Photo by LePetitRusse, Mural by Trevor Wheatley

Marching down the hill from the West End in the wake of last year’s festival, words, so far away that they should have been whispers, were shouting at me. “WALK SAFE, don’t slip” they said. But what did they mean?

Again, at the grocery store, transferring bags from cart to car, words, even larger now, navigate their way through the mundane fog that shrouds such a commonplace task, and scream “WALK SAFE, don’t slip”.

I find them downtown, these words, and they are giant now. Titanic sentinels, stoically looking out to the West, their silent message bellowing throughout the hills, refusing to be ignored. Was I being warned, or just advised? Was I being scolded? My guilty conscience tells me I deserve it…

This wasn’t the first time my city’s walls had spoken to me. There was that building, not that long ago, who began to tell me I was beautiful. At first I refused to believe it but, days turned into weeks, and the words continued to insist “YOU ARE BEAUTIFUL”. Realizing the futility in resisting their position on the matter, I resolved to allow the words, just this once, to persuade me. “Never again,” I swore, “will I let a wall tell me what to think”.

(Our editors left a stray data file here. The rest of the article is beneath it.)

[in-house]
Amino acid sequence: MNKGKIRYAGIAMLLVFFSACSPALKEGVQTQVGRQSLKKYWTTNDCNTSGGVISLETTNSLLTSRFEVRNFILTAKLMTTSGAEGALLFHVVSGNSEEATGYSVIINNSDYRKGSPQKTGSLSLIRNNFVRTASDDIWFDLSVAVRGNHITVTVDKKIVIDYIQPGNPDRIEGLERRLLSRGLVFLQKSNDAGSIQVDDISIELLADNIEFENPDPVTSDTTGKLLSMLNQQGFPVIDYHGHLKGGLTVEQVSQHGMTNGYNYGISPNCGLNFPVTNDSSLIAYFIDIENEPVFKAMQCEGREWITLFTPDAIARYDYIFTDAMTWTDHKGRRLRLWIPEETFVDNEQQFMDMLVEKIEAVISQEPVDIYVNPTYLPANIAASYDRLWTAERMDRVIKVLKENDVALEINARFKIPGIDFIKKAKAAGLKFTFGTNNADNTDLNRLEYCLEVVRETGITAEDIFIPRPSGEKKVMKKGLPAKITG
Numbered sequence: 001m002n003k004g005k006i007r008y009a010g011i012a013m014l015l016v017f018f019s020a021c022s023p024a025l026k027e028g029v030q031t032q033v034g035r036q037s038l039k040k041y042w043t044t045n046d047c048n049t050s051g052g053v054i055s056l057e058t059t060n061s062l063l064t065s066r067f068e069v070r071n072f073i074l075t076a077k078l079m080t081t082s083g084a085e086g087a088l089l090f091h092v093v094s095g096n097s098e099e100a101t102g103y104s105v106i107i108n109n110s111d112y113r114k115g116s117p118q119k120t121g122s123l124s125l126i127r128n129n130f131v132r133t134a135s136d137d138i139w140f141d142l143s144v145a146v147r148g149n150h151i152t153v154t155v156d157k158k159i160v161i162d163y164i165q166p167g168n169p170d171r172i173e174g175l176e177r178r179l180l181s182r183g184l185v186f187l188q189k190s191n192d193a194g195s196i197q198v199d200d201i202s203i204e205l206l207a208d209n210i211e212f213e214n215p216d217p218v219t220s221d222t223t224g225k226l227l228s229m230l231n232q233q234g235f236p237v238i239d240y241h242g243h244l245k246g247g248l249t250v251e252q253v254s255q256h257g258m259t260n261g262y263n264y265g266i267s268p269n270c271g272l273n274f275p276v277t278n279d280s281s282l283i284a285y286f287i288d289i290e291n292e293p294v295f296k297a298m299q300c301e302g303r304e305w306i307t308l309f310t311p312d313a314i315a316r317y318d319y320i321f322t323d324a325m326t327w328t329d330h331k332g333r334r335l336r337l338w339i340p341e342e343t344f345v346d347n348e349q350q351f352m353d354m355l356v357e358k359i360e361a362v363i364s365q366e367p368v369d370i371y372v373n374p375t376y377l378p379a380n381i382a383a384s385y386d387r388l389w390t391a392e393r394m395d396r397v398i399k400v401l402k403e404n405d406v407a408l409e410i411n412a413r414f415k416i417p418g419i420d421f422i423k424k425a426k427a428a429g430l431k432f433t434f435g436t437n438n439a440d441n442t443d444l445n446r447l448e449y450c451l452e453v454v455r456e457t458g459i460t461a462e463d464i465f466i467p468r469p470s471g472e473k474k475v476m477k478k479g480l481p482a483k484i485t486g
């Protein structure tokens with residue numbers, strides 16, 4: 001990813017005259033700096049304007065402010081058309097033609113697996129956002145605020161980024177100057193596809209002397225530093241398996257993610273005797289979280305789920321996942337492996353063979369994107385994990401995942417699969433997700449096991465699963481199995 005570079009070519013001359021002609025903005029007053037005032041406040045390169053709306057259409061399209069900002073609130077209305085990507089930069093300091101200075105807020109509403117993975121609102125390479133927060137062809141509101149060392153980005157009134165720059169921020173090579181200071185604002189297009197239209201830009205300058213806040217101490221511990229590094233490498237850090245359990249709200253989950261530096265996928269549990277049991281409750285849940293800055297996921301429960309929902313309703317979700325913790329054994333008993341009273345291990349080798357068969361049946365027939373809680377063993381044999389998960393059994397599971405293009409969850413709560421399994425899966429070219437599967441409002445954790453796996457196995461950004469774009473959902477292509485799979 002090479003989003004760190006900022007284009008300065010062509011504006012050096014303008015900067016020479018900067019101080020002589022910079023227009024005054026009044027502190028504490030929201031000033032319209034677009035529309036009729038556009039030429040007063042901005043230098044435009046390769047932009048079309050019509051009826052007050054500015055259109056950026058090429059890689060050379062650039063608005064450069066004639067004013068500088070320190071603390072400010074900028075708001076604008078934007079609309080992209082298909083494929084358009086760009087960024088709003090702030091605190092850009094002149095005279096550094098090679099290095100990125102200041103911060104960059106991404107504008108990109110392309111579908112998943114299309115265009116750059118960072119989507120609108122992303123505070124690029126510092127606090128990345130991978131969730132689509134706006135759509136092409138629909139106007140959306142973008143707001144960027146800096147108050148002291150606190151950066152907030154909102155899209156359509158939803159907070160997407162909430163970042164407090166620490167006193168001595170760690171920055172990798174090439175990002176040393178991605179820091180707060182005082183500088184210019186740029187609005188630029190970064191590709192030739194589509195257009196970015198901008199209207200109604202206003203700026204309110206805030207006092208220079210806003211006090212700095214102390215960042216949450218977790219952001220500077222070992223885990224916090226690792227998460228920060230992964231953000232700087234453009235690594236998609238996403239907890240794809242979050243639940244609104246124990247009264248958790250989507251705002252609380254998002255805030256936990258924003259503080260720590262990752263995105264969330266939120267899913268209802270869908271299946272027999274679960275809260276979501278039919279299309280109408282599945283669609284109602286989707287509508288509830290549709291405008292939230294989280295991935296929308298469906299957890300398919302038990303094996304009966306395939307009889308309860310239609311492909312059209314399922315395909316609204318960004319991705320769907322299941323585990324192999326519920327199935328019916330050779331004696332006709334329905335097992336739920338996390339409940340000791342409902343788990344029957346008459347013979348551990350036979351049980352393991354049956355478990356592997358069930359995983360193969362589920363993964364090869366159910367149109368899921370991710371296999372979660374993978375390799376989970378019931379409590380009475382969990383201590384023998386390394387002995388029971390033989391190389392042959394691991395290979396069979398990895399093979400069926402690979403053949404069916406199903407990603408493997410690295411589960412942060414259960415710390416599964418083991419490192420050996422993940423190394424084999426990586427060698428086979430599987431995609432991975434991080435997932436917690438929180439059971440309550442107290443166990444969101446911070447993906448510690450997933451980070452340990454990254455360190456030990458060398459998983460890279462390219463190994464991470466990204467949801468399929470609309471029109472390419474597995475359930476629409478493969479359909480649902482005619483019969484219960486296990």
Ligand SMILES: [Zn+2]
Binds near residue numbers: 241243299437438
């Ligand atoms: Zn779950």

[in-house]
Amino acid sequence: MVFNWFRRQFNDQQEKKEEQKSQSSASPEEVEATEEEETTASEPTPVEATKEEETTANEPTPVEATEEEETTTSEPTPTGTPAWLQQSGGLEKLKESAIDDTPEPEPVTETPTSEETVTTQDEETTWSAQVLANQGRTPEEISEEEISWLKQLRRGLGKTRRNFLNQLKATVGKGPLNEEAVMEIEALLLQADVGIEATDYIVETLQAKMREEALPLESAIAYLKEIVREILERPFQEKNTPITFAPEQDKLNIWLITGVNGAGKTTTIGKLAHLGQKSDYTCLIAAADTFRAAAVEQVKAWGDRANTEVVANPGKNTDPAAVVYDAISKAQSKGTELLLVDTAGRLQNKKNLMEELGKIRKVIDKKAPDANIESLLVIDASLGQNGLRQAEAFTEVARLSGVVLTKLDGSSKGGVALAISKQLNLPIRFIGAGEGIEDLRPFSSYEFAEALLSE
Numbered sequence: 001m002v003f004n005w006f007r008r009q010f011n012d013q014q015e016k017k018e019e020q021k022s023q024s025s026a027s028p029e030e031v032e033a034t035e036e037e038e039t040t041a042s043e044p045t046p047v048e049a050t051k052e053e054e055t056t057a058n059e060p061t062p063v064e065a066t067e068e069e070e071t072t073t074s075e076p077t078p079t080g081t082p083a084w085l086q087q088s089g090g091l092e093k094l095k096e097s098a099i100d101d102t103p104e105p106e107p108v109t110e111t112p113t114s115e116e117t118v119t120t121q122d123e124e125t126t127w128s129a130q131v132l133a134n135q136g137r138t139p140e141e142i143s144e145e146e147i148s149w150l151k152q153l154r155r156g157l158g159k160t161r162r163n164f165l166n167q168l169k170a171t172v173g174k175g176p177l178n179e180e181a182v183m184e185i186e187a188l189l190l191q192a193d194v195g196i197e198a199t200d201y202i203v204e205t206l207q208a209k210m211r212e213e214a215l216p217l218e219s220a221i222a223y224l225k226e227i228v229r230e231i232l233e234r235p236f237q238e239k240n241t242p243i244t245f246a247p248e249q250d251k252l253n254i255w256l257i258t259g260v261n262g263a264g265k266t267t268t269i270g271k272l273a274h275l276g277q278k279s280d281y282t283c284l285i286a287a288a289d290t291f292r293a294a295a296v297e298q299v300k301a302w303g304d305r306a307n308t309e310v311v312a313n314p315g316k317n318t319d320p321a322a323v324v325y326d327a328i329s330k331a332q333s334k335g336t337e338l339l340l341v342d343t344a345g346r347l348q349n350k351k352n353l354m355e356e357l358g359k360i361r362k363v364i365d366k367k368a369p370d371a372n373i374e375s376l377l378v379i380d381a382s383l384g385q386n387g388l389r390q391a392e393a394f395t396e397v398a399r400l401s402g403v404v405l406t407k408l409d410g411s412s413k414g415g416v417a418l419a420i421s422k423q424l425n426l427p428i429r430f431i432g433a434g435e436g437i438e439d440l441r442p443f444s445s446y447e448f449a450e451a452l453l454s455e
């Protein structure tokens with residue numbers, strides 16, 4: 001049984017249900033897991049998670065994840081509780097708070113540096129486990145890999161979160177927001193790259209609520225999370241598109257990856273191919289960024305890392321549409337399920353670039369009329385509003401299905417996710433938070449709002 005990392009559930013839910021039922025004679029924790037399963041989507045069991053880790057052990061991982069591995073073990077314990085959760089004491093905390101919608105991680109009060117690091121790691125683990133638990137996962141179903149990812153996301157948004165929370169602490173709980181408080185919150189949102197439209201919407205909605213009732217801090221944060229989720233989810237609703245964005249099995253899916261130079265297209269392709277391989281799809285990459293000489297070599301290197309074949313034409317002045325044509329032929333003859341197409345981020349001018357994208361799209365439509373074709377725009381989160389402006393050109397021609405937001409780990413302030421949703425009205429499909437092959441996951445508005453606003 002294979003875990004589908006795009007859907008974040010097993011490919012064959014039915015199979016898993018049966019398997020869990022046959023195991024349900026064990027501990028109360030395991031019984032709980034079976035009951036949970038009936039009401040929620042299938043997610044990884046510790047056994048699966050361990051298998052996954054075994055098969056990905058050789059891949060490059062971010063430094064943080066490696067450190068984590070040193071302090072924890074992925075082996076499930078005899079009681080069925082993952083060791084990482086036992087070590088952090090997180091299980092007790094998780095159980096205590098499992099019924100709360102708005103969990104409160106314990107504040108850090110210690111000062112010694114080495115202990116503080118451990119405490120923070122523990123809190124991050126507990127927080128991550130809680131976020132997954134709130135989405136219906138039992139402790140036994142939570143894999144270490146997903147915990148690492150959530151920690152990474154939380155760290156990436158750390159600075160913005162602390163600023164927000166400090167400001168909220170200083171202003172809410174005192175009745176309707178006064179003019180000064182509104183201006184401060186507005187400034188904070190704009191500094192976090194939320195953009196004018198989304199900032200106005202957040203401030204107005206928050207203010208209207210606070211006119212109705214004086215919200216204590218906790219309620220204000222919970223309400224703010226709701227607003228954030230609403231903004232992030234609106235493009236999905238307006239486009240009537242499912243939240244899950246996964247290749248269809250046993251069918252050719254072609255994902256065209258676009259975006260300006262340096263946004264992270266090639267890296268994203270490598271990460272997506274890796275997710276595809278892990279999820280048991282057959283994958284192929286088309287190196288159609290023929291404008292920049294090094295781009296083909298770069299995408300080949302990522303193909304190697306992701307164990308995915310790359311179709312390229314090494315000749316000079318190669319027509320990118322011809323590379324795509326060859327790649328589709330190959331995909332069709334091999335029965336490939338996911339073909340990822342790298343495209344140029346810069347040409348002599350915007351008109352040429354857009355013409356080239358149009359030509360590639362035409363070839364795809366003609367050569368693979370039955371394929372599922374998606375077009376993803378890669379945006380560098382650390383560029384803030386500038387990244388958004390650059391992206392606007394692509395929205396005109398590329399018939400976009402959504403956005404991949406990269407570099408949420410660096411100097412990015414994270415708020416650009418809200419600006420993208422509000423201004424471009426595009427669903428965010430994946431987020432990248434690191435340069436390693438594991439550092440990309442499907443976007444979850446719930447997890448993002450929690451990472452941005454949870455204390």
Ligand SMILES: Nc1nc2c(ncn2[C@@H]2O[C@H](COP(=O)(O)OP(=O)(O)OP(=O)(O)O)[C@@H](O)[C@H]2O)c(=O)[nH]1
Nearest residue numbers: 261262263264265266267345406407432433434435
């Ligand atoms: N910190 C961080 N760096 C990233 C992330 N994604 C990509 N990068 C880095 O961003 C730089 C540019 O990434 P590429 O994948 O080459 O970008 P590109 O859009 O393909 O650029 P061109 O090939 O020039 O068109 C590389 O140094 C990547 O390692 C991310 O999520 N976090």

In a way, I maintained that promise. Or, so I thought.

This time, I wasn’t really sure what the words were asking of me, “YOU ARE BEAUTIFUL” gave me something direct and intimate, whereas “Walk safe, don’t slip” seemed rather ambiguous and reticent- so I began to ask my friends and neighbours what their thoughts were on the matter, and, in doing so, discovered what it was these words were after all along.

Some would say they found the wall inspiring. Others found it oppressive. Some hated the very sight of these words, while others, like myself, were falling in love. While discussions and debates were soon popping up everywhere, none of them seemed to offer any clarity on the mystery of “WALK SAFE, don’t slip.”

That is when I realized that I had, once again, let the wall win. It had deceived me. Hung up on my literal interpretation of their message, I failed to see that all these words wanted was to be talked about.

Photo by Stacey Lalande, mural by We Live Up Here

Our city had changed after the appearance of these words. Physically, yes, but it wasn’t enough that the festival brought us new murals, and music, and light, and colour. What it left us with was the opportunity to explore this art within the framework of our day-to-day lives. To discuss things like aesthetic and meaning and intent with one another. This was art about words inspiring words about art. 

Every evening, as the sun speeds toward the horizon casting a spotlight on the wall, naturally amplifying its call with ominous precision, I can’t help but wonder if these giant letters are satisfied in knowing that their purpose has been fulfilled. Then I wonder if these words are comforted by the fact that, regardless of what anyone might say about them, there is still one wall, not too far away, who thinks that they are beautiful.

By Maty Ralph